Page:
Have you ever heard of Isabelle Eberhardt? Well, she is quite a fascinating woman!

She was born in Switzerland in 1877 into a family of Russian origin. Her passion for the Orient appeared very soon and she started to learn Arabic. In 1897, the 20 year-old girl moved out to French-colonized Algeria with her mother who died a few months later. In the meantime, Isabelle had converted to Islam. This mystical adventurer, who lived as a nomad in North Africa, was frequently disguised as a man and introduced herself as Mahmoud Saadi. In 1901, she married an Algerian soldier but she died 3 years later, at the age of 27, in a flash flood in the Algerian desert. A short yet intense life!

This enigmatic travel writer never stopped writing about the desert that she deeply loved, about her way of life that was totally against the tide, about vagrancy. She published a few articles and novels as a journalist in her life, though the major part of her work (more than 2,000 pages) has been published posthumously.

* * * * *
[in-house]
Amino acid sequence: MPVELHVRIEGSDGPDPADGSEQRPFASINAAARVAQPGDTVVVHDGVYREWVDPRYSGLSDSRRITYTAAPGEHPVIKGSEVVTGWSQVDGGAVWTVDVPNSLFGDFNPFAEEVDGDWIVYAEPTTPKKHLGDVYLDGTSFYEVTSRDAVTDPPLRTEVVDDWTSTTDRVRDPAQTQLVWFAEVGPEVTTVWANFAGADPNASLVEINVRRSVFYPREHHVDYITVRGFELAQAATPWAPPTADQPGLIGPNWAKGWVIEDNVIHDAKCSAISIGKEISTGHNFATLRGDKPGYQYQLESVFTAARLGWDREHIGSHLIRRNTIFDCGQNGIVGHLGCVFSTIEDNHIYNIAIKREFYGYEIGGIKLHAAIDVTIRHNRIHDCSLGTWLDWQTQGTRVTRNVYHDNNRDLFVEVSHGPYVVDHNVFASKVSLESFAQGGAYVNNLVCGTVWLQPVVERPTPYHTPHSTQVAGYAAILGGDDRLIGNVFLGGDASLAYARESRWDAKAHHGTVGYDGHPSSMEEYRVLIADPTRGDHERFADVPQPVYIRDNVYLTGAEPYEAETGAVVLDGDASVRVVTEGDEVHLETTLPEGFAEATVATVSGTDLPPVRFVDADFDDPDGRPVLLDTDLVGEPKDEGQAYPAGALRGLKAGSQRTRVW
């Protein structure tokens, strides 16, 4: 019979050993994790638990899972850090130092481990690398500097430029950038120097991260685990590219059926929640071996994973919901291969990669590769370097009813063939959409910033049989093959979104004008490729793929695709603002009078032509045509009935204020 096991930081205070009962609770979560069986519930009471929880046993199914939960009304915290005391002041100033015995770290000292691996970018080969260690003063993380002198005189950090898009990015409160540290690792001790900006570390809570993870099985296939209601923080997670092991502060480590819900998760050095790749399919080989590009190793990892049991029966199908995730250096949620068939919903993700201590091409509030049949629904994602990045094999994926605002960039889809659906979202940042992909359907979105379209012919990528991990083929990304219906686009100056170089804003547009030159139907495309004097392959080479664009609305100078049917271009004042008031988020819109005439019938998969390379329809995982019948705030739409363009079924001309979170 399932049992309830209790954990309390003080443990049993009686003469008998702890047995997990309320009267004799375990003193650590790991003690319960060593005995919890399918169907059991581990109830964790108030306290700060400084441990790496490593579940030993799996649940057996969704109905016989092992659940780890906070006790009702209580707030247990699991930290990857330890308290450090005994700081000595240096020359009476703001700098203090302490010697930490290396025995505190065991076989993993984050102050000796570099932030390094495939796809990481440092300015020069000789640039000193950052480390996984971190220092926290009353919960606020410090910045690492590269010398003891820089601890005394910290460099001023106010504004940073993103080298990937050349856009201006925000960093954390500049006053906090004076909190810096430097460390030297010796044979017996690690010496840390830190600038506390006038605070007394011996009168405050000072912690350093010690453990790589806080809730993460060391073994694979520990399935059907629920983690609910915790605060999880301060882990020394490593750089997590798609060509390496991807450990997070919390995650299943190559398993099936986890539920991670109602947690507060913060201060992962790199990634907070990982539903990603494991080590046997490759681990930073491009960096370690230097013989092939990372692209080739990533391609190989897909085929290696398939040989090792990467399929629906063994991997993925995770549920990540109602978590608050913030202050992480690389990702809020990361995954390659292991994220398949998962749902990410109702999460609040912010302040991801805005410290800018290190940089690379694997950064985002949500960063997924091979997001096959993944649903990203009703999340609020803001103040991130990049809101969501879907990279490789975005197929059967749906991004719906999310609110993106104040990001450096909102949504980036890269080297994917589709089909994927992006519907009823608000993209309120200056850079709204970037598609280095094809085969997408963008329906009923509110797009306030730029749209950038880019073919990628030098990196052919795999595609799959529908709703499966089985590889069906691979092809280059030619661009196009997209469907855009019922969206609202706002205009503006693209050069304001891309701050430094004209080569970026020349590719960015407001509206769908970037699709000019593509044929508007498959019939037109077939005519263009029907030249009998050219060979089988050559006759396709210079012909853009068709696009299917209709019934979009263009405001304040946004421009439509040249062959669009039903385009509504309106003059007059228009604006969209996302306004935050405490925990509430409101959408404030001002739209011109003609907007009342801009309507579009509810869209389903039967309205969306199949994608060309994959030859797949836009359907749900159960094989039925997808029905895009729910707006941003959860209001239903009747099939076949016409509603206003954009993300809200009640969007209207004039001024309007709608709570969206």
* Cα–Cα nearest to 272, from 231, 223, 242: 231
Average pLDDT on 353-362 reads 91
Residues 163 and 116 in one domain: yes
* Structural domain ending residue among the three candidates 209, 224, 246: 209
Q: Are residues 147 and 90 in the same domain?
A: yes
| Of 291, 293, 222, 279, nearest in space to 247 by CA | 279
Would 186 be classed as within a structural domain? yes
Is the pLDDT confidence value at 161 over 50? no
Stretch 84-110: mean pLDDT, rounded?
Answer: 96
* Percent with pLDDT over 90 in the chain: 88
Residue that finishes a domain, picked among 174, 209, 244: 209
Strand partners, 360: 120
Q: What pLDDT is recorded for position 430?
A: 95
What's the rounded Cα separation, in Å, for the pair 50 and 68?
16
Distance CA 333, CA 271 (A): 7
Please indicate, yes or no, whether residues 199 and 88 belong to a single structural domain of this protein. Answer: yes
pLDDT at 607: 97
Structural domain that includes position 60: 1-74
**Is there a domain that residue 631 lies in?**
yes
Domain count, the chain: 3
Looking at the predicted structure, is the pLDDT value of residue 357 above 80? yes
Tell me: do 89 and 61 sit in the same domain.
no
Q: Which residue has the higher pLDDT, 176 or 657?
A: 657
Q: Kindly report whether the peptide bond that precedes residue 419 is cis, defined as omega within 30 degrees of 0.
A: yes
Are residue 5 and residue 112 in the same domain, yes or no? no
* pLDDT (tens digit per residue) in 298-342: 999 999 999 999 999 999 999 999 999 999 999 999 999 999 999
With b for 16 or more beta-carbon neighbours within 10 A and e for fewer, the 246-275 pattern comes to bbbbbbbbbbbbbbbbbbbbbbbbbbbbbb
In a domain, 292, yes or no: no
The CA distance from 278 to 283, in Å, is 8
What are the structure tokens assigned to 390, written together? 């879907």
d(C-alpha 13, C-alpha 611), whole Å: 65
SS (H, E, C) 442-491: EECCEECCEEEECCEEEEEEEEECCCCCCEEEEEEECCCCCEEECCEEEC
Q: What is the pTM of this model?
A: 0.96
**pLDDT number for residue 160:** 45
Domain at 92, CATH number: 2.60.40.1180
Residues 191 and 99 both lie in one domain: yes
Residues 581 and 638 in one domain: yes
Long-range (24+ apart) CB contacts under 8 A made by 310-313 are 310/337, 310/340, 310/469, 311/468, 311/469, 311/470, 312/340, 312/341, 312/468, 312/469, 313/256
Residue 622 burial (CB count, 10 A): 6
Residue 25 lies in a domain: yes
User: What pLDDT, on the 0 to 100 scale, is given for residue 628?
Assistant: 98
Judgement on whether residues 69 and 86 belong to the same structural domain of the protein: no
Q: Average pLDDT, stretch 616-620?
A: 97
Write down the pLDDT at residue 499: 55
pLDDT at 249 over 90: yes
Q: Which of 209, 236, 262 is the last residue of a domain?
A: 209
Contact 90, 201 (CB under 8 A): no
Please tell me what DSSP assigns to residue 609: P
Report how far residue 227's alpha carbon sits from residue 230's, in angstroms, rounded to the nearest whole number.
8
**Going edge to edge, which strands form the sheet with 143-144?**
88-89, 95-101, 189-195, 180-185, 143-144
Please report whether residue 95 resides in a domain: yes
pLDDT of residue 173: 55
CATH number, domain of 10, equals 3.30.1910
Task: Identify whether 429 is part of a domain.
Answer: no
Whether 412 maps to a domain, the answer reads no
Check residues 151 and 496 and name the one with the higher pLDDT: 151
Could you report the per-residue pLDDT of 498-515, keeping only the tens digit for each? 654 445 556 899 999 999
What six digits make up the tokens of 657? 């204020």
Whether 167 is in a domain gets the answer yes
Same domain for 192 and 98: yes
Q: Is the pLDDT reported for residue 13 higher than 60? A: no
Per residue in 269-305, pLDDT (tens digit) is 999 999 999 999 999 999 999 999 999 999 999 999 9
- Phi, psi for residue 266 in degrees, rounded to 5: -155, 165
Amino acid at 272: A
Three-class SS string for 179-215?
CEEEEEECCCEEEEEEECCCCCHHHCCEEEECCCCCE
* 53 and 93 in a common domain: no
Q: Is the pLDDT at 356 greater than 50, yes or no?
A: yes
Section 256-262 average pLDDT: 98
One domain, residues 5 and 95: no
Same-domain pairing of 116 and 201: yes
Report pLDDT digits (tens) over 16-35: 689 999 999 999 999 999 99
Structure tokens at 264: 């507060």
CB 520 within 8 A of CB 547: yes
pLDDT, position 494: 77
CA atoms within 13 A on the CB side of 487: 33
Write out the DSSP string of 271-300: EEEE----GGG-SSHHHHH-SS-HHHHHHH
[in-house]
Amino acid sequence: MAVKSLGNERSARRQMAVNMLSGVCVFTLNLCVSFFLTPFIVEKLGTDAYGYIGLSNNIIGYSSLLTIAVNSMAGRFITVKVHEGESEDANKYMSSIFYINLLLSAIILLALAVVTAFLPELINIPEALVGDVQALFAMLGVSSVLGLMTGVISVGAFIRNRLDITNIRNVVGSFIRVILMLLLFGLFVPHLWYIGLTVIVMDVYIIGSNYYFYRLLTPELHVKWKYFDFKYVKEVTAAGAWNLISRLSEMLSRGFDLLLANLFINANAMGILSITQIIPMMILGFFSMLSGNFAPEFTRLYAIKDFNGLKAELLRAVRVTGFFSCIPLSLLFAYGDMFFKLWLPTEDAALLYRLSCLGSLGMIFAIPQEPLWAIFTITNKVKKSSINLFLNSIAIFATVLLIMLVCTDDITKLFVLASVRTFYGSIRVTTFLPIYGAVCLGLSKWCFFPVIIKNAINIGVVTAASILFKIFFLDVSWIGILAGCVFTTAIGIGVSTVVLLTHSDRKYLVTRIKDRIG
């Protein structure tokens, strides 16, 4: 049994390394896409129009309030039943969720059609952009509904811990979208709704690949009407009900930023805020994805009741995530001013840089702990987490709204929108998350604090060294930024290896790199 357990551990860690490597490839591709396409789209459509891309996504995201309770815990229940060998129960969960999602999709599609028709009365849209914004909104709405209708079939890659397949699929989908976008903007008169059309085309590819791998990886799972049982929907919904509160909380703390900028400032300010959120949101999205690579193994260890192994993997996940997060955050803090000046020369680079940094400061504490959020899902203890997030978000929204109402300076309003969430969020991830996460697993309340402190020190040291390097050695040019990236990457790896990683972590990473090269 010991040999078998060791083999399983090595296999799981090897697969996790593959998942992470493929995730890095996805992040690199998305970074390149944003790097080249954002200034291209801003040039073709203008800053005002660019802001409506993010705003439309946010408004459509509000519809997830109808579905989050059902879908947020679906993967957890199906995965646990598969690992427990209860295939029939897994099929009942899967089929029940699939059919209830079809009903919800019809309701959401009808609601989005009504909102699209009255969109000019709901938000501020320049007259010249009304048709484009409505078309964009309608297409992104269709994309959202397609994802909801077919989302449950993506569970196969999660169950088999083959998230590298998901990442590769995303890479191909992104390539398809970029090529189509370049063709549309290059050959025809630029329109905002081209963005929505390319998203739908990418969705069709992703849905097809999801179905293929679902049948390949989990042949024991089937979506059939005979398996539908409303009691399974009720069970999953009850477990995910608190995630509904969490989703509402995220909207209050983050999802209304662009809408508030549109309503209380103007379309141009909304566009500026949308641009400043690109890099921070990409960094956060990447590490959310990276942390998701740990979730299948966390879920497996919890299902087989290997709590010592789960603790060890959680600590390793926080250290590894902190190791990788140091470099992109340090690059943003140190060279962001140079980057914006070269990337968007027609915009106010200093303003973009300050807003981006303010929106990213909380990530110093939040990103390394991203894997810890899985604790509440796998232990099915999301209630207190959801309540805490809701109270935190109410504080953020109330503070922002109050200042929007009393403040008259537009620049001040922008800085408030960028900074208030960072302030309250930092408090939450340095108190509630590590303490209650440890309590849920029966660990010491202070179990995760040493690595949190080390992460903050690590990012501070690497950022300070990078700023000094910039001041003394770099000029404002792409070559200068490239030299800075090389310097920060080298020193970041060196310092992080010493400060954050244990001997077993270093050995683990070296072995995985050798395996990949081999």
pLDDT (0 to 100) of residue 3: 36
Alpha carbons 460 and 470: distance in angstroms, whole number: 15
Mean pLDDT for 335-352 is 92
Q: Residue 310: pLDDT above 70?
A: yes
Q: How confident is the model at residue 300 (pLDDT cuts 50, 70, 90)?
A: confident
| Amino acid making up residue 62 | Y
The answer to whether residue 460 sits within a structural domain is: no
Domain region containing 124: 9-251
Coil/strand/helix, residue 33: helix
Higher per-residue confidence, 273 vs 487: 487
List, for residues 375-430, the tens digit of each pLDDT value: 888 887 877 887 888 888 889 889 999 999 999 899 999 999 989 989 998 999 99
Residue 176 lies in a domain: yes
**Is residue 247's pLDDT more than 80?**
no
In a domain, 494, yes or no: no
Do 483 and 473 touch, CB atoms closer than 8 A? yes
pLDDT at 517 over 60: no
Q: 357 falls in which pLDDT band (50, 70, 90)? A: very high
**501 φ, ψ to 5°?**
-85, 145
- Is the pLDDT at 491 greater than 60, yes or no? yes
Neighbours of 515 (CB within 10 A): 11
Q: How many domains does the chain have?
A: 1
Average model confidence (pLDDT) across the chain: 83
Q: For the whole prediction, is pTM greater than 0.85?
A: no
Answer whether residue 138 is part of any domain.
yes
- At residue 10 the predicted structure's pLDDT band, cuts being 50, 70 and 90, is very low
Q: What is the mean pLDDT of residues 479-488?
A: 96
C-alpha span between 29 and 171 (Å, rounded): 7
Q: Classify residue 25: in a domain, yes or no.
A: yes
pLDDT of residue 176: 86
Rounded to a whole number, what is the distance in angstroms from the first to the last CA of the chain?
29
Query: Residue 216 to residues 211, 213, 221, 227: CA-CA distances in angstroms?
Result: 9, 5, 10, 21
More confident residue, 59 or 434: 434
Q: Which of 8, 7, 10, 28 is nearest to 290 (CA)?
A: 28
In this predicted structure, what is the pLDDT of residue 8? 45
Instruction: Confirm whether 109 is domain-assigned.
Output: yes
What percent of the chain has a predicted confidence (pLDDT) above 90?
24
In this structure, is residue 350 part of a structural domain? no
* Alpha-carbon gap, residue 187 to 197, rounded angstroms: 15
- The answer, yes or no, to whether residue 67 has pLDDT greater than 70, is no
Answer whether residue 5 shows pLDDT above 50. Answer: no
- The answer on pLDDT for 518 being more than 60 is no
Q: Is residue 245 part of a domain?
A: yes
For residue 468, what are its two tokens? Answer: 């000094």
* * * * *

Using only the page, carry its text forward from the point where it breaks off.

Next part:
Among her most famous quotations is this one : “Now more than ever do I realize that I will never be content with a sedentary life, that I will always be haunted by thoughts of a sun-drenched elsewhere.” (in The Nomad: The Diaries of Isabelle Eberhardt).

I discovered her writings by chance on the internet and felt so close to her way of thinking. Seldom have I read such an ode to loneliness, such a powerful invitation to travel, such a beautiful praise of vagrancy! I’d like to share this excerpt with you.


Does this text awaken your wanderlust?

Wanna learn more about Isabelle Eberhardt? Read her biography here.

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